The first half of 2019 has been an incredible year for WWE Raw Women’s Champion Becky Lynch. Not only did she become “Becky Two Belts” at WrestleMania 35 this past April, but she also main evented WrestleMania along with Ronda Rousey and Charlotte Flair. Since then, Lynch has lost the Smackdown Women’s Title and over on Raw, she has held onto her title while battling newcomer Lacey Evans.
This week, Lynch also becomes the first WWE superstar to be on the cover of ESPN The Magazine. You can see the cover below.
— WWE Public Relations (@WWEPR) July 9, 2019
Here’s more from WWE about the issue:
Becky Lynch has taken over the sports-entertainment scene in the last year, and this Friday, you can find the Raw Women’s Champion with actress Alison Brie on the cover of ESPN The Magazine’s “Blockbuster” issue.
The new issue focuses on the intersection between Hollywood and sports. Lynch and Brie, who is the star of Netflix’s hit comedy show “GLOW” on the 1980s Gorgeous Ladies of Wrestling promotion, got together for an interview about the obstacles they face in their respective industries, the toughness of women, and much more.
The Man is the first WWE Superstar to ever appear on the cover of ESPN The Magazine. Get your hands on the issue when it hits newsstands this Friday.
The story on Lynch and Brie also featured an interview with both women.
Alison Brie talked about how much she admires WWE superstars for their work ethic:
“I would just like to say for the record that what Becky and the women at WWE do is totally insane and awe-inspiring and completely incredible. There’s a fearlessness Becky and the other women pros have, along with that awareness and sensitivity to one another while doing death-defying things in the ring. Becky, I hope you would agree, there is no way to do a wrestling move halfway. If I’m going to run and leap over you into a sunset flip, I have to run full speed. You have to fully commit to every moment in the ring.”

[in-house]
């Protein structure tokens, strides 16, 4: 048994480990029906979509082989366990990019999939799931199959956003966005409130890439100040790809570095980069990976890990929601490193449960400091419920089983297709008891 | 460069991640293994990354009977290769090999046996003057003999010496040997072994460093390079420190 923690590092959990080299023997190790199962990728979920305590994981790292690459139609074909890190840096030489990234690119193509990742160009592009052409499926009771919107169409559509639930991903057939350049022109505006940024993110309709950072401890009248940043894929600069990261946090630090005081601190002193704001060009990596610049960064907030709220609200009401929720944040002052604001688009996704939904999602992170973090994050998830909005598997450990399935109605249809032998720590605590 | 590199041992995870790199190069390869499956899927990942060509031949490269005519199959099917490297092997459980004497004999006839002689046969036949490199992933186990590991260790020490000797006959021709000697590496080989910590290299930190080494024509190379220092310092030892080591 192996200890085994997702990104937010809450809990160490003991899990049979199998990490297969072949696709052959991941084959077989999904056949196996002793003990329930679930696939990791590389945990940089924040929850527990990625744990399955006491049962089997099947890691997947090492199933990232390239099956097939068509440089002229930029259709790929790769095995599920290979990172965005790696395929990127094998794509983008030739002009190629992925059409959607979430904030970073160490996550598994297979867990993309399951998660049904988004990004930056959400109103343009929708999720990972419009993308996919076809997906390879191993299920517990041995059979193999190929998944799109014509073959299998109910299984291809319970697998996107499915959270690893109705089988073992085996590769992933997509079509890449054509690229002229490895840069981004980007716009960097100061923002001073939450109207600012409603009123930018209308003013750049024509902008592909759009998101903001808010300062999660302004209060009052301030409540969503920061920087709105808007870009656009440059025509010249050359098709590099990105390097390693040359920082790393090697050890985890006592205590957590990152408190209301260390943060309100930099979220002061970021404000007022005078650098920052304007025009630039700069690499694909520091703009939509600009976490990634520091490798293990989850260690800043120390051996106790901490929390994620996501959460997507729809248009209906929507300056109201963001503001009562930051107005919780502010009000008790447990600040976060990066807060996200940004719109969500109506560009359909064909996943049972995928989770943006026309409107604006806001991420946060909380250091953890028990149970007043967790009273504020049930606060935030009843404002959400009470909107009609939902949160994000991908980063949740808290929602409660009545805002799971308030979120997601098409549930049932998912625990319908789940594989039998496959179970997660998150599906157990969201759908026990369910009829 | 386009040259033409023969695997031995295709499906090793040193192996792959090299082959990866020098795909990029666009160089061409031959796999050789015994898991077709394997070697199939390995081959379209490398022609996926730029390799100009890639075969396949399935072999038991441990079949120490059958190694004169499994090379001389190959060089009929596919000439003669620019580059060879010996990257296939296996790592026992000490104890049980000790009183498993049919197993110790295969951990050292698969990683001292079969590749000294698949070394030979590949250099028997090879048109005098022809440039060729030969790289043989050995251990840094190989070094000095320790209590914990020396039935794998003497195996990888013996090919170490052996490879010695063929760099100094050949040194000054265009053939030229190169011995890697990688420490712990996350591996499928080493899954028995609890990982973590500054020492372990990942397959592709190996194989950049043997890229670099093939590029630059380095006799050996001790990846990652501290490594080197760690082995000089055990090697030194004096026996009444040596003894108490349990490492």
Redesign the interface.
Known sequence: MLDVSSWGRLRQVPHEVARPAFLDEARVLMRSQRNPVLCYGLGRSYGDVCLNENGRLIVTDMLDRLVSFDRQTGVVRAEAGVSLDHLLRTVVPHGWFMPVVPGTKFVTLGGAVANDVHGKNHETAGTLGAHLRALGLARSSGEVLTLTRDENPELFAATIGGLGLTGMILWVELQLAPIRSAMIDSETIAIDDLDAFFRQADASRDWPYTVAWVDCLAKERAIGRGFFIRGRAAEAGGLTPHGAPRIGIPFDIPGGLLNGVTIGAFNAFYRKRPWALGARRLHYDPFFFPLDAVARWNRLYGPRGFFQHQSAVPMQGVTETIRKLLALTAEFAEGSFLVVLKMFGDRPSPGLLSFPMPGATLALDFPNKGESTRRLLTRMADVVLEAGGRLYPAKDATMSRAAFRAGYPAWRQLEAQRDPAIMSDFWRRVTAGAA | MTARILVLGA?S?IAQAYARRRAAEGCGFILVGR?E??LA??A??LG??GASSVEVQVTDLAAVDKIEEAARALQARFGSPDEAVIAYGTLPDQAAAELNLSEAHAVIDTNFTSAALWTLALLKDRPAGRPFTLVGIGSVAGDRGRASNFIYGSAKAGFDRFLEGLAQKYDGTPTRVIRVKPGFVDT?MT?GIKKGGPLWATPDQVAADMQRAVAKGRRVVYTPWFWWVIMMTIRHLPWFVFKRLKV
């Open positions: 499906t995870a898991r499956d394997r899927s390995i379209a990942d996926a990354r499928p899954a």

Here are some highlights from Lynch’s interview that you can read here.
On overcoming mental obstacles to make it in WWE:
I got in my own way more than anybody else did. I doubted myself, telling myself, “You’re not athletic: you’re not pretty enough.” Somebody told me, “WWE isn’t going to want girls like you.” At the time, they were just hiring models. So I took the focus off what made me special and tried to fit into this mold. And it really just broke me.
I ended up spending years in contemplation, leaving this business, not knowing who I was, getting lost. I was a personal trainer, a flight attendant. I went back to college, got my degree. I was a stuntwoman and a bartender in New York and working in health food stores and doing all these random things that I thought might fulfill me in the same way that wrestling did.
On wanting women’s wrestling to be the coolest thing on TV:
Oh yeah, absolutely. What I wanted coming into this career was for women’s wrestling to be the coolest thing on TV. I wanted to change the term from ‘divas’ to ‘women’, which we did three years ago, and I wanted to headline the main event at WrestleMania. But I also wanted the audience to demand it, not because we were women but because they cared about our story more than any other story, and they did. Our women’s main event was at the end of a seven-hour show, and everybody stayed. That makes me super proud.
On how important it is to be spontaneous when you’re in the ring:
Things go wrong all the time, so you have to be quick on your feet. If nothing else, wrestling teaches you to adjust, to be open, to be spontaneous, to embrace whatever is happening in the moment. You’re never more present than when you’re in the ring.
On becoming “The Man” in WWE:
For me, the top person, the person of the most extraordinary ability, has always been referred to as “The Man.” And until this moment, that person of exceptional ability has always been a man. So when I broke out and started claiming my status as the top dog in WWE, I started referring to myself as “The Man.”
People lost their minds. I look at it as the most empowering thing. I’m turning gender roles on their head.
On what it means to be in the ring and seeing all the fan support:
When I’m in the ring, I look out and see people of all different ages, genders, races holding signs for “The Man” or “Becky Lynch.” And, I mean, I kind of came from not much and wasn’t naturally good at anything. And I see all of these different demographics enjoying the message that I’m bringing across. When you realize the impact that you can have on people’s lives, the influence-that’s powerful. And it’s not something to be taken lightly.
That’s just part of the conversation that they shared. There were plenty of interesting comments from Becky and Alison, so check it out on ESPN now.